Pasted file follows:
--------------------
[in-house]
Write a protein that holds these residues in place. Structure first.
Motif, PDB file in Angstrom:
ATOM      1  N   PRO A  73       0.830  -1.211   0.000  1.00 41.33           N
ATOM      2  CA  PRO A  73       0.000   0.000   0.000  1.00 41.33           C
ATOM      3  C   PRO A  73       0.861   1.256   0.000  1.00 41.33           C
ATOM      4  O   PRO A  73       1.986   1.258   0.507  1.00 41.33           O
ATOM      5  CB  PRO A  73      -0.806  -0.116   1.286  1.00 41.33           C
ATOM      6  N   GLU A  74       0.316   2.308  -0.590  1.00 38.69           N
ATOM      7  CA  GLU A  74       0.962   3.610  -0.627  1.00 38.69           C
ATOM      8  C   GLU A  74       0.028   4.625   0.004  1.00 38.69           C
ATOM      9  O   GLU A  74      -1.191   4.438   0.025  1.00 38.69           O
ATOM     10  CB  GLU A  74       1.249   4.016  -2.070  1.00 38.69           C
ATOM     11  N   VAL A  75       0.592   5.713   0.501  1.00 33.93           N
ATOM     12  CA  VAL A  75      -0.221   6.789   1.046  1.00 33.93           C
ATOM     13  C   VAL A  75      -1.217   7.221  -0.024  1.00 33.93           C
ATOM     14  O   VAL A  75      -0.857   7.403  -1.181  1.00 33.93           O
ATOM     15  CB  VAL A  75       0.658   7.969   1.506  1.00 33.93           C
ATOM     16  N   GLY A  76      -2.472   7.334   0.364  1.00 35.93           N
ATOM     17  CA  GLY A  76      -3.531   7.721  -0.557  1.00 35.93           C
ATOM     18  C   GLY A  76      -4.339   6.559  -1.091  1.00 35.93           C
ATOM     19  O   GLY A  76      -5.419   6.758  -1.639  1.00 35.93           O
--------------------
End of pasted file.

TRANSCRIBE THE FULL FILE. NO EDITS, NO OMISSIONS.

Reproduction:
[in-house]
Write a protein that holds these residues in place. Structure first.
Motif, PDB file in Angstrom:
ATOM      1  N   PRO A  73       0.830  -1.211   0.000  1.00 41.33           N
ATOM      2  CA  PRO A  73       0.000   0.000   0.000  1.00 41.33           C
ATOM      3  C   PRO A  73       0.861   1.256   0.000  1.00 41.33           C
ATOM      4  O   PRO A  73       1.986   1.258   0.507  1.00 41.33           O
ATOM      5  CB  PRO A  73      -0.806  -0.116   1.286  1.00 41.33           C
ATOM      6  N   GLU A  74       0.316   2.308  -0.590  1.00 38.69           N
ATOM      7  CA  GLU A  74       0.962   3.610  -0.627  1.00 38.69           C
ATOM      8  C   GLU A  74       0.028   4.625   0.004  1.00 38.69           C
ATOM      9  O   GLU A  74      -1.191   4.438   0.025  1.00 38.69           O
ATOM     10  CB  GLU A  74       1.249   4.016  -2.070  1.00 38.69           C
ATOM     11  N   VAL A  75       0.592   5.713   0.501  1.00 33.93           N
ATOM     12  CA  VAL A  75      -0.221   6.789   1.046  1.00 33.93           C
ATOM     13  C   VAL A  75      -1.217   7.221  -0.024  1.00 33.93           C
ATOM     14  O   VAL A  75      -0.857   7.403  -1.181  1.00 33.93           O
ATOM     15  CB  VAL A  75       0.658   7.969   1.506  1.00 33.93           C
ATOM     16  N   GLY A  76      -2.472   7.334   0.364  1.00 35.93           N
ATOM     17  CA  GLY A  76      -3.531   7.721  -0.557  1.00 35.93           C
ATOM     18  C   GLY A  76      -4.339   6.559  -1.091  1.00 35.93           C
ATOM     19  O   GLY A  76      -5.419   6.758  -1.639  1.00 35.93           O